Denis
Pugh

Denis Pugh Master PGA: The Coach

About:

– Long-time coach of Francesco Molinari

– Well-respected pundit on Sky Sports golf coverage

– Former director of golf at The Wisley

“I got into golf because I wasn’t good enough to become a professional footballer. I joined Upminster when I was 14 and by the time I was 17 I turned professional. I caddied for the professional – the late Freddie Sunderland, quite a character in Essex, who took me under his wing.

“Freddie got in touch with the pro at Thorndon Park, Reg Plumbridge, and I did my training there.

“It took me three years to get my qualification and, believe it or not, the swing stuff was probably the hardest bit for me.

“In those days, you got a report when you passed and it said that “I was an outstanding example to the rest of the intake”.

“I think what that meant was that I was the only one not partying every night.

“In 1980 I went out to America. I met up with Phil Ritson at Disney World and his assistant was David Leadbetter.

“Phil called me into his office and said: “At best you’re an ordinary player. At best you could be a great coach. So why don’t you get into coaching.”

“He was a straight-talking South African and he hit the nail on the head.

“My big break came when Colin Montgomerie asked me if I’d have a look at him in November 1996. The next week he won the Million Dollar Challenge at Sun City.

“He said: “OK, that went well, I’d like to have you as my coach next year.”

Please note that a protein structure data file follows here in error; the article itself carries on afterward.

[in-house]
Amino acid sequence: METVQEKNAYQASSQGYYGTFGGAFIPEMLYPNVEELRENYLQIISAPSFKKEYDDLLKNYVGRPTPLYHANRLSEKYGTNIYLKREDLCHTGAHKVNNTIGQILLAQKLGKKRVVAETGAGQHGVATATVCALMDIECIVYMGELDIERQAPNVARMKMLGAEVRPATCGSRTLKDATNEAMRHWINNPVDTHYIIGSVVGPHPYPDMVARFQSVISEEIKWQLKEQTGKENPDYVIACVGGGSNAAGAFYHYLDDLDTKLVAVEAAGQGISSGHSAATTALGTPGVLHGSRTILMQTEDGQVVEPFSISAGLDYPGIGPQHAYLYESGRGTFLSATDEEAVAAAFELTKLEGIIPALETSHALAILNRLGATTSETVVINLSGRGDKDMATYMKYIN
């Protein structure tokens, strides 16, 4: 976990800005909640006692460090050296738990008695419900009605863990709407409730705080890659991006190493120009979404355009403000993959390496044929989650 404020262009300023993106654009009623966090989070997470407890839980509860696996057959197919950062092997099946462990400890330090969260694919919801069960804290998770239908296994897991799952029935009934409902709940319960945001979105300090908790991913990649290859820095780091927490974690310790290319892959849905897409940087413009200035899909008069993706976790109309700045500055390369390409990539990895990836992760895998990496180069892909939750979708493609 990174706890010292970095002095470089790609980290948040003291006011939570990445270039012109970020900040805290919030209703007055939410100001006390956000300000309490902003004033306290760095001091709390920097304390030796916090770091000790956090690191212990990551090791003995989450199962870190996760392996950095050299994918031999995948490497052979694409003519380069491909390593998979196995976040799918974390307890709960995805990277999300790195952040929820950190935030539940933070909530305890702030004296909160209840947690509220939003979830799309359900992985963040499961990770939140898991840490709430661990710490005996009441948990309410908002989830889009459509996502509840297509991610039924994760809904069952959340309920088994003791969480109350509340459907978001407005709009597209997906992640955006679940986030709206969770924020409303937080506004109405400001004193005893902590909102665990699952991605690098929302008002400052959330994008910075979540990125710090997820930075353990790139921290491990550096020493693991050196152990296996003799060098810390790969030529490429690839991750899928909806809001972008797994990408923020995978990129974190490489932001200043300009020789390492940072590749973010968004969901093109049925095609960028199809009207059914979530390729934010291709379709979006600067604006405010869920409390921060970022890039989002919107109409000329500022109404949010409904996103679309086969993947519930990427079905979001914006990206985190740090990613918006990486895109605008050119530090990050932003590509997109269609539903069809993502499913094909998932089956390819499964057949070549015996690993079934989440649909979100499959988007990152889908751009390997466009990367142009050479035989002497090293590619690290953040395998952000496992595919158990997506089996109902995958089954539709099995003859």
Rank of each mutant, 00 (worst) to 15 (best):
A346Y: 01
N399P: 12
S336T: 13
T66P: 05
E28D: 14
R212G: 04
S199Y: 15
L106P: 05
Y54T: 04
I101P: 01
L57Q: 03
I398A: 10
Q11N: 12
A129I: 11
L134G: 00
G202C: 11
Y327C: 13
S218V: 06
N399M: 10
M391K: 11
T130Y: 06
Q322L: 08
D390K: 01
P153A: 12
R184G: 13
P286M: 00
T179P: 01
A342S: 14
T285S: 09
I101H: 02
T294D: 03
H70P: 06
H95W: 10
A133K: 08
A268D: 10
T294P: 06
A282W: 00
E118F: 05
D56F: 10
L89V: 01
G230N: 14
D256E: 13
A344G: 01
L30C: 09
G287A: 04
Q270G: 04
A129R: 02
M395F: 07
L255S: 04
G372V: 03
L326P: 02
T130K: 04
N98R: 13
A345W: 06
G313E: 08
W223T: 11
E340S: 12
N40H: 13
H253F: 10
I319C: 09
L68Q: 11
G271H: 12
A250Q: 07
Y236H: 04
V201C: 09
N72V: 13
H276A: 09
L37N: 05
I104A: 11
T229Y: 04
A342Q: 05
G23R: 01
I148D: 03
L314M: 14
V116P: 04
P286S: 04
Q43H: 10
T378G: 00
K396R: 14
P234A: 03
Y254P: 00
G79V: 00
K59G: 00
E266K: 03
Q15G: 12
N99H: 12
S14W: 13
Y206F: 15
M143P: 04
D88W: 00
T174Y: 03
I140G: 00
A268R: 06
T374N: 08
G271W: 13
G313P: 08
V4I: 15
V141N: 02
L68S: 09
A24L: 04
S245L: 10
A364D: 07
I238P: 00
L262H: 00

“I was full-time on tour until I had a tragedy when my first wife died of a heart attack. With kids 10 and 12 years old I couldn’t travel around the world.

“That was where The PGA came in. I got the job as club pro at The Wisley. Without my PGA training I wouldn’t have been equipped.

“In the meantime, I was teaching pros at The Wisley. I’ve been with Francesco Molinari for 16 years, Ross Fisher for 10 years and I’ve been on Sky for 21 years, presenting golf.

“All the things I’ve done, and it’s been an interesting journey, were all underpinned by the PGA training.

“I went from just being able to play golf to understanding the industry of golf.

“Even if you think you are going to be a player, you should underpin it with all the skills The PGA provides, along with the credibility of having been around for a hundred years.

“The best way to prepare for a lifetime in the golf business is to be a PGA-trained Professional. It’s like ham and eggs – they just go together.”

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